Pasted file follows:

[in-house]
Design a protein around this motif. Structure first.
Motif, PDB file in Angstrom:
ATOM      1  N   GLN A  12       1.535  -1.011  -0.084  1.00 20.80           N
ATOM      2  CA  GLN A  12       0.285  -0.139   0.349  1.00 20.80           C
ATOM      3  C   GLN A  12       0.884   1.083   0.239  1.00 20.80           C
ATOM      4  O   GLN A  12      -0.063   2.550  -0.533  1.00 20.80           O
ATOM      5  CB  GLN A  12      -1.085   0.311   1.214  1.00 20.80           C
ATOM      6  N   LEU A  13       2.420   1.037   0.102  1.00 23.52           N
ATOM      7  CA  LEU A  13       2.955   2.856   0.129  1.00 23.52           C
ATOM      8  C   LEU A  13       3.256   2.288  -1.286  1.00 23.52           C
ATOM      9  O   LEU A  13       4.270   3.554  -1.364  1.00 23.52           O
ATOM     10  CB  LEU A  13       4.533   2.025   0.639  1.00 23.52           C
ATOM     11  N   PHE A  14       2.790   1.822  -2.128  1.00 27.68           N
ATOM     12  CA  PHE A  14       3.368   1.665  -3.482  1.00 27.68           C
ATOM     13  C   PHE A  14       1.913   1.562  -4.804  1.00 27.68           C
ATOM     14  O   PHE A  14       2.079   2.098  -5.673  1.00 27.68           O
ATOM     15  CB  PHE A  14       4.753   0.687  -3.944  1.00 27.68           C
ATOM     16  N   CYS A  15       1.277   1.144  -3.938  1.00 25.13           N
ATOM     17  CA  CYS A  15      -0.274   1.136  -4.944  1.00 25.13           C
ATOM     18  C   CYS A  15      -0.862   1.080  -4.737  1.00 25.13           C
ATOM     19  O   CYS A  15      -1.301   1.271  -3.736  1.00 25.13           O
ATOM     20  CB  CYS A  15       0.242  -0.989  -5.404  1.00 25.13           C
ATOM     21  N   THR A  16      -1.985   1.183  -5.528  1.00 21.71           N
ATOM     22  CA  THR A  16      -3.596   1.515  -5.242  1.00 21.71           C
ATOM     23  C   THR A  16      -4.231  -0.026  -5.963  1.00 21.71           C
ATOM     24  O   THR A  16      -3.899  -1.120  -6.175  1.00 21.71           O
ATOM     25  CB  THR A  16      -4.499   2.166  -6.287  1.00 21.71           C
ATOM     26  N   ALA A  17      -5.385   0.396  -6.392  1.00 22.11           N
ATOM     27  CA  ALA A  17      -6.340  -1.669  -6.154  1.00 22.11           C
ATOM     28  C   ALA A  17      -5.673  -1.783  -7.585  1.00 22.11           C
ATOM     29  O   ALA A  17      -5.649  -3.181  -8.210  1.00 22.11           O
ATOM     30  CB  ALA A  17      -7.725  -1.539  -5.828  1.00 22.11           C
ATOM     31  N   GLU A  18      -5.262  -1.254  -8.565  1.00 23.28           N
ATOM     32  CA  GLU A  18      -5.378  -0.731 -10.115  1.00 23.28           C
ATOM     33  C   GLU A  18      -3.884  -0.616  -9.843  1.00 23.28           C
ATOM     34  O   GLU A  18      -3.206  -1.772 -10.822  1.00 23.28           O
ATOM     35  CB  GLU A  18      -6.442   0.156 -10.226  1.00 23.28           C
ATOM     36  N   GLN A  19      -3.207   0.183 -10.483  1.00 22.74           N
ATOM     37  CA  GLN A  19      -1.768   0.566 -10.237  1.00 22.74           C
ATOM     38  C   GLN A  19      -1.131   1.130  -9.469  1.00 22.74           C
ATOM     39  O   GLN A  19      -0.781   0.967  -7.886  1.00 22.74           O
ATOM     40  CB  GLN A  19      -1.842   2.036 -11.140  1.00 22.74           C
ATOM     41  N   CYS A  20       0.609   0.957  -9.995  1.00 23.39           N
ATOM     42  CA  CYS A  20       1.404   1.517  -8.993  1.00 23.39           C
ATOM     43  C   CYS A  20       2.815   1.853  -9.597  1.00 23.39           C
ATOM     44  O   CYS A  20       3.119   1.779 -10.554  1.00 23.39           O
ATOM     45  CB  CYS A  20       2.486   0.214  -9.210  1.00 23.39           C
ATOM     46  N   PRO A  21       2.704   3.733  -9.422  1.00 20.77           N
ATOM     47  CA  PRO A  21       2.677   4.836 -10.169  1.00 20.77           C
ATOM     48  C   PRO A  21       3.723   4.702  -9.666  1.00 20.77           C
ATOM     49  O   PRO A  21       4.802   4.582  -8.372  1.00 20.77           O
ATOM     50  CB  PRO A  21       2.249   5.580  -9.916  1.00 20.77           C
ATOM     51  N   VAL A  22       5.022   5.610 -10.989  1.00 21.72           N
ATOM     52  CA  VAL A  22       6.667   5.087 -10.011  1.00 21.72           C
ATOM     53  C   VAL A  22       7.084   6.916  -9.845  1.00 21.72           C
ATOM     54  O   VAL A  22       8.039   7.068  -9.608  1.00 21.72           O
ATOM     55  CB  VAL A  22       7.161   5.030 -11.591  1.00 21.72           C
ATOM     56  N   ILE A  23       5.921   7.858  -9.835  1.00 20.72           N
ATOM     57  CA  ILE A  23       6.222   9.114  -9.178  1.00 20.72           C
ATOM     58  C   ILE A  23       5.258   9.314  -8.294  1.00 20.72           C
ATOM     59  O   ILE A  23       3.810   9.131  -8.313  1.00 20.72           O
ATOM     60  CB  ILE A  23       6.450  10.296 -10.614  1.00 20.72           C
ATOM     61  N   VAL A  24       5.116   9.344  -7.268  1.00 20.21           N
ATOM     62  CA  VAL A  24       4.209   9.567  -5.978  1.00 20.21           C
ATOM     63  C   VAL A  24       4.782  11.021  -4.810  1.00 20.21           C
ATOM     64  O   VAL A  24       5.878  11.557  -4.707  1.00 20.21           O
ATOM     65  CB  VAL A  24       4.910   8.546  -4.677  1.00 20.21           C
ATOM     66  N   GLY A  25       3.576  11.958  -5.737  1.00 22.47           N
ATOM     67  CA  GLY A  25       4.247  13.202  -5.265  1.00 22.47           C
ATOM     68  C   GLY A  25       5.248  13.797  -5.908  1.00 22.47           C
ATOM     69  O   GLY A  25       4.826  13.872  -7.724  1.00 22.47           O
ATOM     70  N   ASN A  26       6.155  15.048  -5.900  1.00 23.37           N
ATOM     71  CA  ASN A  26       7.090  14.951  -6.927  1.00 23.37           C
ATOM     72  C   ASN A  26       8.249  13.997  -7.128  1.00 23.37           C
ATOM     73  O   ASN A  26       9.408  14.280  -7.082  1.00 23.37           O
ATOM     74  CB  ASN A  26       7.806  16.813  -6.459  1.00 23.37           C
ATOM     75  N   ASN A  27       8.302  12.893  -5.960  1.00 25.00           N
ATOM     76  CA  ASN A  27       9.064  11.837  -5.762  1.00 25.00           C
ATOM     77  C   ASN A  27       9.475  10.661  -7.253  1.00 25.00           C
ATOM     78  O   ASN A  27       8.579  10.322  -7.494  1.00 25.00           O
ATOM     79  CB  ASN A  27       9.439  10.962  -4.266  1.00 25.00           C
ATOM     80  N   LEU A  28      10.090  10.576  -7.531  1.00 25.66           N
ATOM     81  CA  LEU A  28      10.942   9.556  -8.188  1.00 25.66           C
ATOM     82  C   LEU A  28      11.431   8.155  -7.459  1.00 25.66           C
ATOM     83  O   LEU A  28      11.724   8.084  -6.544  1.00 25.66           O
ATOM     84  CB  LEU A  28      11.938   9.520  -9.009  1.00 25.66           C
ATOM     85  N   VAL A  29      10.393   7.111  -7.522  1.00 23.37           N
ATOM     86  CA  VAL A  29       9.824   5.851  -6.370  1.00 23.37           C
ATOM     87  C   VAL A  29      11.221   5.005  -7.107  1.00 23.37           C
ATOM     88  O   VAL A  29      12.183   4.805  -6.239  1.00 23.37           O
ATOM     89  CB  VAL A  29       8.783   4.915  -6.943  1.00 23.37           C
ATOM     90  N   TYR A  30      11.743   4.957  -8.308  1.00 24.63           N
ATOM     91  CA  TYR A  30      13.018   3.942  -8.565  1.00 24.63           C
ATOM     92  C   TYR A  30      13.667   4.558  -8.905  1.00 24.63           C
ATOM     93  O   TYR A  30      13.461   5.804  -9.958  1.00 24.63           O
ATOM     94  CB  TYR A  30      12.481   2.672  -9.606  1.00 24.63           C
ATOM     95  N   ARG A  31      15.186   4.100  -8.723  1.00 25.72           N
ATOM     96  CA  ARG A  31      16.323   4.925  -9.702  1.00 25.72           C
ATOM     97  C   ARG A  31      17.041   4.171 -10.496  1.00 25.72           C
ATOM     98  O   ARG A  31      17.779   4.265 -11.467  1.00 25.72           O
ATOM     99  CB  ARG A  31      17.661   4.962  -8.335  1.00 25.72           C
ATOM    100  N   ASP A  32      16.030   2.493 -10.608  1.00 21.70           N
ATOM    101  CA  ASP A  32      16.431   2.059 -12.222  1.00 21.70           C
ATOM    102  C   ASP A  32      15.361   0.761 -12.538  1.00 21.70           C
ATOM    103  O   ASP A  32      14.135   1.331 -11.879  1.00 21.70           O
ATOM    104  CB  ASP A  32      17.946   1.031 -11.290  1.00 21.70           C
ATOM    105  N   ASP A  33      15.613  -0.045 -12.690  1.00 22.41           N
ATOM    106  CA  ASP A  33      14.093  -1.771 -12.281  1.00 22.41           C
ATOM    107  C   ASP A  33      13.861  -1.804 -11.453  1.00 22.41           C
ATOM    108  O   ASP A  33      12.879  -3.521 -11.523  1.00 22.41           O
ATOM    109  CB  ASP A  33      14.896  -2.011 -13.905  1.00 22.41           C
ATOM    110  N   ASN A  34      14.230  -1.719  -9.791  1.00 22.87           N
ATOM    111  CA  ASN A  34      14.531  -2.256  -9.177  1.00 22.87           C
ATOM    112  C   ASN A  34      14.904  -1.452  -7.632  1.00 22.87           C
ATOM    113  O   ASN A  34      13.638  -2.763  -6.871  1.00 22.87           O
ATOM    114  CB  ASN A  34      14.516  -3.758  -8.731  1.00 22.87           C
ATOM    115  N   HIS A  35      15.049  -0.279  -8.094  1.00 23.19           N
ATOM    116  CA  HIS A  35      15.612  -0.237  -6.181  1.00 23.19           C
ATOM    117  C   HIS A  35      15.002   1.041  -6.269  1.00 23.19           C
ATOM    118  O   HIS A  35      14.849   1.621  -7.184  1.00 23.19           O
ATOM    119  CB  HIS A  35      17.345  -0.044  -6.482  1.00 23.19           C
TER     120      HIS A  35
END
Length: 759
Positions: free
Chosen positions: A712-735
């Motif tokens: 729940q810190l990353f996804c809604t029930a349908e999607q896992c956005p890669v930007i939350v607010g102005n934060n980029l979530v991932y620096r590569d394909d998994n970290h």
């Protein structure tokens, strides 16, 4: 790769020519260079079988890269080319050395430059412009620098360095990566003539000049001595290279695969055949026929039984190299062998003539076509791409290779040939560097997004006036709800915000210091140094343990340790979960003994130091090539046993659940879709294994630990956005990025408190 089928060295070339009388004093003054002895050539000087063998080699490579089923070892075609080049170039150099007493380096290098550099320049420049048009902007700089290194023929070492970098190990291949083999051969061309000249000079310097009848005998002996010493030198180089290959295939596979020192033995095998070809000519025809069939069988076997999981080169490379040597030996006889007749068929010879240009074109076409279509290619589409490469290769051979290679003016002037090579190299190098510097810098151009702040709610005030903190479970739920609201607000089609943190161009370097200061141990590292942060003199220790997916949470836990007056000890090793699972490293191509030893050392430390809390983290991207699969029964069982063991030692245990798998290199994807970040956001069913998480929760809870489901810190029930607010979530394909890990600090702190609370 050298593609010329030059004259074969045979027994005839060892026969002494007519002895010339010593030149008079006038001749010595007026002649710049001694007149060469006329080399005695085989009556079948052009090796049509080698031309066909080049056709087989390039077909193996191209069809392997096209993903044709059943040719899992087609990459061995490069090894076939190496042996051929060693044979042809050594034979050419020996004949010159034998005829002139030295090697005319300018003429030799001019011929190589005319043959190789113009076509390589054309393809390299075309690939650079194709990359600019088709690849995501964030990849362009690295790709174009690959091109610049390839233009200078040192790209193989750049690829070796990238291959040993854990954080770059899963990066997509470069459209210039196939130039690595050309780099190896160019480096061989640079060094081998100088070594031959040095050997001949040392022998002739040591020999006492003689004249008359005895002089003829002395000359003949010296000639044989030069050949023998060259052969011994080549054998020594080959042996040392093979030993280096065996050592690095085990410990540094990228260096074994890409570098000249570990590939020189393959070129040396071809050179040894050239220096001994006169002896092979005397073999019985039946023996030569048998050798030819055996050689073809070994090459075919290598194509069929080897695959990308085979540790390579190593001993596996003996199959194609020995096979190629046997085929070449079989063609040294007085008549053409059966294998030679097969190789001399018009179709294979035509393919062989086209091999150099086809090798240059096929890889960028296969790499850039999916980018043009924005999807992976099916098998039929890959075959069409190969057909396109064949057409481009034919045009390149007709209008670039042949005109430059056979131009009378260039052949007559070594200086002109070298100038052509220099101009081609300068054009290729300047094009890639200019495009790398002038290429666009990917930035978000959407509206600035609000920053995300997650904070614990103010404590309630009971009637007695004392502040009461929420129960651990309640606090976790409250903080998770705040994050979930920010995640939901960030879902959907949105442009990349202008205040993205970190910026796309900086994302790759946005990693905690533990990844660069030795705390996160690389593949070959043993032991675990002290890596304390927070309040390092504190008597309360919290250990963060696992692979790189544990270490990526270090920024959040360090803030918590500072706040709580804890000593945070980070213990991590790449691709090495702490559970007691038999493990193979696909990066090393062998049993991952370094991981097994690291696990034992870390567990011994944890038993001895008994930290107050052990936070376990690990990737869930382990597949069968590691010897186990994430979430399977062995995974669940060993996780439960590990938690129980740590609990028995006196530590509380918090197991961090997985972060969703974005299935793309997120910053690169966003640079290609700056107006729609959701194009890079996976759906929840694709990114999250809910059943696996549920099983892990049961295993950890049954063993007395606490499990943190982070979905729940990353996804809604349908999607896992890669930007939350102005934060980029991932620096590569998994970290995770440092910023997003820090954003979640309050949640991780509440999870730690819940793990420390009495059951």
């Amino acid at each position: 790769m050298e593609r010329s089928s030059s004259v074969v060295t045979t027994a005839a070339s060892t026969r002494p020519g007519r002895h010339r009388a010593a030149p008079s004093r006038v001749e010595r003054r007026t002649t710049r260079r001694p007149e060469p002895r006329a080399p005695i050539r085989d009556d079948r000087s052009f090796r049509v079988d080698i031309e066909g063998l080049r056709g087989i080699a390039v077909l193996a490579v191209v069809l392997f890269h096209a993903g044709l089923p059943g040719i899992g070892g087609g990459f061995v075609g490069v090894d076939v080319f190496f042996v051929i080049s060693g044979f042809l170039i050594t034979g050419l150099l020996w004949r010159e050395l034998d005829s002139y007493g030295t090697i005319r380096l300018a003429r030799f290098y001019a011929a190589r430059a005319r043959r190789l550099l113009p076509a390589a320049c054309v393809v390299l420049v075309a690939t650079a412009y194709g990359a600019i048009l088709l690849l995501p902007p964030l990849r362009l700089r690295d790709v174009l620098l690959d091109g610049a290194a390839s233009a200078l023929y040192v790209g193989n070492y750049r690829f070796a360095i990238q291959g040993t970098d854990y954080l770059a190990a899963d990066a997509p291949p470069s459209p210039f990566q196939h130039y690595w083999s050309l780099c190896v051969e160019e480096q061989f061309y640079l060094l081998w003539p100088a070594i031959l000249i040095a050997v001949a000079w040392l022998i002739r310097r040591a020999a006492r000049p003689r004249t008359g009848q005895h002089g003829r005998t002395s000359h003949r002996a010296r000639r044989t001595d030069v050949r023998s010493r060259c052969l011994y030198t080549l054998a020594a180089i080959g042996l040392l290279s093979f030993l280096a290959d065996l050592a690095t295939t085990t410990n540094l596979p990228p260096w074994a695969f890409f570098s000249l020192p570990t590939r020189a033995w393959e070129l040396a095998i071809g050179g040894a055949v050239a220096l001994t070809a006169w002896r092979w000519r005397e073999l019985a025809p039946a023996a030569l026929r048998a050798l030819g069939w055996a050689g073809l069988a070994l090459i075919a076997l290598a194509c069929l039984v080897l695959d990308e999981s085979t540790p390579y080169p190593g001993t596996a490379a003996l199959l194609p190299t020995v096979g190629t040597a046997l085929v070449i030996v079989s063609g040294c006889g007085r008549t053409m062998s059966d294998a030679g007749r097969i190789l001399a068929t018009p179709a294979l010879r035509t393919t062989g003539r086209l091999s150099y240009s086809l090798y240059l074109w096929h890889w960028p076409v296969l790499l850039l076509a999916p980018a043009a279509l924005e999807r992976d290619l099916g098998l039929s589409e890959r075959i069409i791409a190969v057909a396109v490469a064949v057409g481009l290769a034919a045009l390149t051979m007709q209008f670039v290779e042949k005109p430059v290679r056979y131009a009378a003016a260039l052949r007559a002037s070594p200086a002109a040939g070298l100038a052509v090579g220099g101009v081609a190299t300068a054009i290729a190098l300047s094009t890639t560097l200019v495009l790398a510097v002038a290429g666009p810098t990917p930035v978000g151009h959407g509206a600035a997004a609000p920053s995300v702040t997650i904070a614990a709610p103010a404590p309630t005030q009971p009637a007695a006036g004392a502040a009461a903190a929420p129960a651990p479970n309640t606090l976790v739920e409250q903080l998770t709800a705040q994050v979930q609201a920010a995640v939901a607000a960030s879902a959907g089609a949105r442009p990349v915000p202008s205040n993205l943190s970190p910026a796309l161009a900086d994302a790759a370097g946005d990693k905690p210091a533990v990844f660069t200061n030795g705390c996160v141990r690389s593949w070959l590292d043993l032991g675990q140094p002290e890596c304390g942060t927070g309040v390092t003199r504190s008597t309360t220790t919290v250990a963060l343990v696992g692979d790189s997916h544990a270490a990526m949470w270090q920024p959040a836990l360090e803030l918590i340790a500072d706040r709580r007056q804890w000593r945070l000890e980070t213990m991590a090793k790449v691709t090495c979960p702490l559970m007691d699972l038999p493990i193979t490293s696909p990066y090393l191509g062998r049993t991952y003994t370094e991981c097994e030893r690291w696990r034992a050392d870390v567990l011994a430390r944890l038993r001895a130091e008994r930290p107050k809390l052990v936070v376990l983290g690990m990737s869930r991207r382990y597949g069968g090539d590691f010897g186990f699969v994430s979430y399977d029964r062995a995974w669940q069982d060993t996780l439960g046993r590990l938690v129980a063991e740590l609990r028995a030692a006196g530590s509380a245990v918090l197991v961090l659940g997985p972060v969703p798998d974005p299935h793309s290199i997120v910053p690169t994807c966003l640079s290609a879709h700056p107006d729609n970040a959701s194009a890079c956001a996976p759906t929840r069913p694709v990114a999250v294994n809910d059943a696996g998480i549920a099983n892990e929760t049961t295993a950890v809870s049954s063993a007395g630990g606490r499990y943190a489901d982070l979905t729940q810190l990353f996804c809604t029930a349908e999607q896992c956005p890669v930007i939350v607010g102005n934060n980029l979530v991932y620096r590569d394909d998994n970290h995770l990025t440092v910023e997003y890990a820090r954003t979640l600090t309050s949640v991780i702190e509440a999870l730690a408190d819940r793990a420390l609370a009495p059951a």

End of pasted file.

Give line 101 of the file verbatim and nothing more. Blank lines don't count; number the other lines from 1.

ATOM     98  O   ARG A  31      17.779   4.265 -11.467  1.00 25.72           O